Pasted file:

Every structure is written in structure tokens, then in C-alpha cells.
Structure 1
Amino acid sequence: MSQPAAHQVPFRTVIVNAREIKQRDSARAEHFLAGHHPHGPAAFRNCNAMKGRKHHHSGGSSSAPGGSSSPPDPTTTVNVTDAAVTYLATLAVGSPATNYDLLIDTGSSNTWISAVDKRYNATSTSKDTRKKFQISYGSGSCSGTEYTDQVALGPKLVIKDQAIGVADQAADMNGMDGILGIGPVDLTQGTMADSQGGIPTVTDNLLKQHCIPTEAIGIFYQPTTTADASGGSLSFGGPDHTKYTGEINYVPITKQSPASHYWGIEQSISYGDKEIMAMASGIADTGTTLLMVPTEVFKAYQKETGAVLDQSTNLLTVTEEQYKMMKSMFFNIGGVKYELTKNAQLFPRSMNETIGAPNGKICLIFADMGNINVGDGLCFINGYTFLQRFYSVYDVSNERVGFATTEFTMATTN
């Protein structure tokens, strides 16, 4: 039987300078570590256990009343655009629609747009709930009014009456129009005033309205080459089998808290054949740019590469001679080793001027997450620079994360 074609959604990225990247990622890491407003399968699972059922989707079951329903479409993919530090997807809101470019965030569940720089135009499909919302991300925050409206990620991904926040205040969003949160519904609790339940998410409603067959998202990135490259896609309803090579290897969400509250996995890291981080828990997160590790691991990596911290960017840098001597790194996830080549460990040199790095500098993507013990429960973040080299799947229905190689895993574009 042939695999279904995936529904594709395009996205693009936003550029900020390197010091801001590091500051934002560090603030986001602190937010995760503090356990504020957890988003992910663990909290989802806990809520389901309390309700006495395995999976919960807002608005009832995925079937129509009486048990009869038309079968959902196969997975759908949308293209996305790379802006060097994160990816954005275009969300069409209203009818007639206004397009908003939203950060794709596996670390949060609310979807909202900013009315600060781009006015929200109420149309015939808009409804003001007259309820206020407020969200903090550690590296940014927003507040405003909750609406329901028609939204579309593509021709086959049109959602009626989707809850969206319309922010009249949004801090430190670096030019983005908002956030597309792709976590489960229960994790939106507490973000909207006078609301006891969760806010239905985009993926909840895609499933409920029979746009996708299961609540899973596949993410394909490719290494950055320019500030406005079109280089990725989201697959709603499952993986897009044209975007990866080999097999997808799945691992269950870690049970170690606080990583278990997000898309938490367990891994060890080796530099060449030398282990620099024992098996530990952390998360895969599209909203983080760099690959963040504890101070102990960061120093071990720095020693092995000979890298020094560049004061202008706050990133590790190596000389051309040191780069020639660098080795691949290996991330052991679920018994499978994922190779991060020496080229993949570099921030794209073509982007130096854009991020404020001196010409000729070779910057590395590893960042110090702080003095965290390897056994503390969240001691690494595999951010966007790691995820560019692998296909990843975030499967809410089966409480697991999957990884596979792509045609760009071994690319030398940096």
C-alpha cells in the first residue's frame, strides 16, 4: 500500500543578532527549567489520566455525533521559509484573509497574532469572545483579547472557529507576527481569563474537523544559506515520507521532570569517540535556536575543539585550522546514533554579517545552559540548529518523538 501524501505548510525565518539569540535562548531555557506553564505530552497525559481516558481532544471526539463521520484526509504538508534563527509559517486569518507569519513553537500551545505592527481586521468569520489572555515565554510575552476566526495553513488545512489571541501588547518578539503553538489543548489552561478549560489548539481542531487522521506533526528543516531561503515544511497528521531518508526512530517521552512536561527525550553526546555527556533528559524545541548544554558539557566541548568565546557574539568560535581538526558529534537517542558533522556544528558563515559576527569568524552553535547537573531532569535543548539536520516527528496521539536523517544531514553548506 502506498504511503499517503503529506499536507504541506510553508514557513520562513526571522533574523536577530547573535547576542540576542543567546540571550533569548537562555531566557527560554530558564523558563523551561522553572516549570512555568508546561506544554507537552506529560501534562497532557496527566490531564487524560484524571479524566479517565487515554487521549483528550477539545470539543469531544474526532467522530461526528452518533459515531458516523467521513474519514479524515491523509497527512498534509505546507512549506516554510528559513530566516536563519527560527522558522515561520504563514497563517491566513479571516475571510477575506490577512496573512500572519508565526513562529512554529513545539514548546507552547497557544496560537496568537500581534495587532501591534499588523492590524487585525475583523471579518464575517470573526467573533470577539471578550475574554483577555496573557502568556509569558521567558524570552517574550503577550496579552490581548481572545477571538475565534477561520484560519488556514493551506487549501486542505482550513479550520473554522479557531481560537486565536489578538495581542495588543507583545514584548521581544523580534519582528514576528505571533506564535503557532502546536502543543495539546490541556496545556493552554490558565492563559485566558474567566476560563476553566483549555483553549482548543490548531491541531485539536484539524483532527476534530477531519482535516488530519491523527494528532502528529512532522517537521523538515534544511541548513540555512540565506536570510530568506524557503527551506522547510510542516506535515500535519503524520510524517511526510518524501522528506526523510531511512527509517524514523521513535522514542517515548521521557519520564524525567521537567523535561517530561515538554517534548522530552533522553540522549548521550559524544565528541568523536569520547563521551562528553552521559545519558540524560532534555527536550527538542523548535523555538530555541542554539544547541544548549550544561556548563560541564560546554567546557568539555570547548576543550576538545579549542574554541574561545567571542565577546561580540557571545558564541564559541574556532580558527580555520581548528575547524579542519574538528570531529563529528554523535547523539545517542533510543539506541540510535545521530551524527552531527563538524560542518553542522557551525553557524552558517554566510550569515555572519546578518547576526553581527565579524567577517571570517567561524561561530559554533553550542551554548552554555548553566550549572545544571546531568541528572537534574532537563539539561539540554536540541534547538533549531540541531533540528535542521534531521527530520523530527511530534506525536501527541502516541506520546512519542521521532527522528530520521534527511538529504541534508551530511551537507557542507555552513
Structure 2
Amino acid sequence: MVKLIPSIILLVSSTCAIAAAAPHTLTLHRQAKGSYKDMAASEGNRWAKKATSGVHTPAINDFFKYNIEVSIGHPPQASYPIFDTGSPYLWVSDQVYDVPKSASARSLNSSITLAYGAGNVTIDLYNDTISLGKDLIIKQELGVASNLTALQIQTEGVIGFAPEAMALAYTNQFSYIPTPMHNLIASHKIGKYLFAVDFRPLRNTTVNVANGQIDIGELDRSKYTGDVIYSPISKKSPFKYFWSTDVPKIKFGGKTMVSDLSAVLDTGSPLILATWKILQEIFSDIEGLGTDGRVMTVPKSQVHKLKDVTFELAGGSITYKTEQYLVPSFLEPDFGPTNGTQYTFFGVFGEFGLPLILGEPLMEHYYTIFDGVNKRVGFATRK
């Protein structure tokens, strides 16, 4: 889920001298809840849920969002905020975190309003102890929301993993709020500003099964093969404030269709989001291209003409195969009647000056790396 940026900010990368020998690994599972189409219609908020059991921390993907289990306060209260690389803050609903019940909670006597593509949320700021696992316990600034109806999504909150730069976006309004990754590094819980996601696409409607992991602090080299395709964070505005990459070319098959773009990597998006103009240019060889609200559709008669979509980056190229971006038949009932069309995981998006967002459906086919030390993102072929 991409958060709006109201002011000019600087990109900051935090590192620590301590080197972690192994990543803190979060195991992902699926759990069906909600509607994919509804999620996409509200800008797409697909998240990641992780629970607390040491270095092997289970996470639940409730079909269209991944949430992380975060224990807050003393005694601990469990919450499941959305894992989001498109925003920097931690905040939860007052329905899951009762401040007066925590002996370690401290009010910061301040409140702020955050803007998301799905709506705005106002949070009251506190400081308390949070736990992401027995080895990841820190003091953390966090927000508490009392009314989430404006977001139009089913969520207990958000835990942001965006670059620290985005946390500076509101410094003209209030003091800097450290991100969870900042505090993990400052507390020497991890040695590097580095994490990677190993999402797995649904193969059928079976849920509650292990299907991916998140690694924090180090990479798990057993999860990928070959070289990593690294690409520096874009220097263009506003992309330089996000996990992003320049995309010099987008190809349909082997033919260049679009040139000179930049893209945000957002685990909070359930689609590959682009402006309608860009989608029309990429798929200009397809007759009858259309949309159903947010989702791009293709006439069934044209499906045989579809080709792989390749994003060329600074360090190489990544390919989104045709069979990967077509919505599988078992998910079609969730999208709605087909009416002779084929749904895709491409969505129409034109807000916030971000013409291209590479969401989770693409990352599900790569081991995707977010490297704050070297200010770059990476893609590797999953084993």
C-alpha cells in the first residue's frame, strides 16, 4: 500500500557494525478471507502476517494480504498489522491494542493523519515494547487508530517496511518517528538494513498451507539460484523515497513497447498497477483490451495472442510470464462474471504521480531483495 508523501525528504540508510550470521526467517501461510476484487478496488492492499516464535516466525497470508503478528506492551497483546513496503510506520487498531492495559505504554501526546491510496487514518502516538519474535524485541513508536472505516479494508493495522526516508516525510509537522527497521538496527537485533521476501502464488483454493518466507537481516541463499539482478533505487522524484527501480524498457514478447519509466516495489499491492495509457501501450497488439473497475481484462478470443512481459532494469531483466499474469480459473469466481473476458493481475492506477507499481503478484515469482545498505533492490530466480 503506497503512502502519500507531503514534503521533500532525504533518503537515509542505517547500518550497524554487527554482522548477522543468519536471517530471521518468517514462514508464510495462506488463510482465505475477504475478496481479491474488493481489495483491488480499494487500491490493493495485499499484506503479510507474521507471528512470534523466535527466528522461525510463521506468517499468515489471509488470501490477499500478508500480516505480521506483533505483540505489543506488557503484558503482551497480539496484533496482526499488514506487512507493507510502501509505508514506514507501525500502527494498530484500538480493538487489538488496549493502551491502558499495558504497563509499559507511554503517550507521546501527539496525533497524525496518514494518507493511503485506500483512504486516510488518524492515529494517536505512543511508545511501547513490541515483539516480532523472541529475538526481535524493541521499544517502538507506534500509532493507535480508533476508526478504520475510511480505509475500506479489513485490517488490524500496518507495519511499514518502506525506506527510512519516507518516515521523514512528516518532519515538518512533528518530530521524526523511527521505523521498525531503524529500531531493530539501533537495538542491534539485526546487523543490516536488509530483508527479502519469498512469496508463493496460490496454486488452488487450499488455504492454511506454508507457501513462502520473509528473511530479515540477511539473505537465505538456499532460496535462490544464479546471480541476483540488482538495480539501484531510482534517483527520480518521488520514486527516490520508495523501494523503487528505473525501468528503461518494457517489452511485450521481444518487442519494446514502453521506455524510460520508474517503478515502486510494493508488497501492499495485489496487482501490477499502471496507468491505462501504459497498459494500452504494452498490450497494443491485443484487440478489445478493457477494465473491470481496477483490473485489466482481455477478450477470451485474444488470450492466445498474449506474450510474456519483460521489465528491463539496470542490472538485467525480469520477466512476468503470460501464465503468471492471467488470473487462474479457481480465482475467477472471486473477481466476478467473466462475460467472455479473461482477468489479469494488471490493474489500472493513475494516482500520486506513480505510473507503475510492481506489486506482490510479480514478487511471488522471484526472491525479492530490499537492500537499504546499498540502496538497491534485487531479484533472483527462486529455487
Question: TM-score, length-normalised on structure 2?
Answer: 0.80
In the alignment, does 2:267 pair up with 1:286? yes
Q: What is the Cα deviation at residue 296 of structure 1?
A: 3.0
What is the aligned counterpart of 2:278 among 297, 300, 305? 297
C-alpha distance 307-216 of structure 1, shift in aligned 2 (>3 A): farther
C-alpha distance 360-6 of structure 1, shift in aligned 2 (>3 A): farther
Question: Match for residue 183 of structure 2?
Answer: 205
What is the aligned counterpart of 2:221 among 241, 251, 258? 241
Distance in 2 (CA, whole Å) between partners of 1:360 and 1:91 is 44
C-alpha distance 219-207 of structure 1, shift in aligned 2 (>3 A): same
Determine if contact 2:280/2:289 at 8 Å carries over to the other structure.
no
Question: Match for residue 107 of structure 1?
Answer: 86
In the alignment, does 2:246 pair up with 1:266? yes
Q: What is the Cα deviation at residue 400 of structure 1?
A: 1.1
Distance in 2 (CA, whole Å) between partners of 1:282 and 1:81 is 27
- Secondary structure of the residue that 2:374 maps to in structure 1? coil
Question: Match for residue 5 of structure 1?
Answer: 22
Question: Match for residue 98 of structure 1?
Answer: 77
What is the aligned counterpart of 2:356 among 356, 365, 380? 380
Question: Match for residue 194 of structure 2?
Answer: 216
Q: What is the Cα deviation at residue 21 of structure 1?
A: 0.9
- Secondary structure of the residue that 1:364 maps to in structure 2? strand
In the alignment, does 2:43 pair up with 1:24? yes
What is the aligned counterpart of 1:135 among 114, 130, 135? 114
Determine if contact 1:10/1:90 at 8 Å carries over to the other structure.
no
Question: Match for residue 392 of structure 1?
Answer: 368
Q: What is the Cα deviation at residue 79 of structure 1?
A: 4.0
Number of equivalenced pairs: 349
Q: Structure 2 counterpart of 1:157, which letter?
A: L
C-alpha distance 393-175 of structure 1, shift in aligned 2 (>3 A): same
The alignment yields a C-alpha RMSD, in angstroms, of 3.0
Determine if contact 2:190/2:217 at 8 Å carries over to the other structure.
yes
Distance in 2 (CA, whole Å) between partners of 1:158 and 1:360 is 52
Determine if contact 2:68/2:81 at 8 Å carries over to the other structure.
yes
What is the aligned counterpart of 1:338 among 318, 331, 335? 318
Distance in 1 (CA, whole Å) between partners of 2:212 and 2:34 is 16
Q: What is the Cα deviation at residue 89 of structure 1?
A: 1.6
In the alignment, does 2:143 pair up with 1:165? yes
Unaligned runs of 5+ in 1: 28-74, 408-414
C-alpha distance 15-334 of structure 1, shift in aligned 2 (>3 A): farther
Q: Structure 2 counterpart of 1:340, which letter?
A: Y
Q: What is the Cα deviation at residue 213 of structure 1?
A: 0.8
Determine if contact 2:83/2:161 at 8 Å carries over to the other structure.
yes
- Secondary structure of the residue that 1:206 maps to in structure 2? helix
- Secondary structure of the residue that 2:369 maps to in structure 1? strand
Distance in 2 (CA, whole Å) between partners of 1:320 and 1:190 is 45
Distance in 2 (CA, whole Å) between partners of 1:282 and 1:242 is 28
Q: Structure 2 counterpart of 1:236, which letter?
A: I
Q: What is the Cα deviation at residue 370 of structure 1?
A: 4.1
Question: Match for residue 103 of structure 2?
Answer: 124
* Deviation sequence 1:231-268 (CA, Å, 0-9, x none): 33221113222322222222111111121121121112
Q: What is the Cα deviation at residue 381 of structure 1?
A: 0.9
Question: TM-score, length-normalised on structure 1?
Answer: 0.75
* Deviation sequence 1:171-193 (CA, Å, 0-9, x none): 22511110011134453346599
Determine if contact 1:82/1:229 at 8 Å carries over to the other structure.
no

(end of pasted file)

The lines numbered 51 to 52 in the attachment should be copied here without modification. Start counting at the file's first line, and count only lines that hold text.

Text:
Q: Structure 2 counterpart of 1:157, which letter?
A: L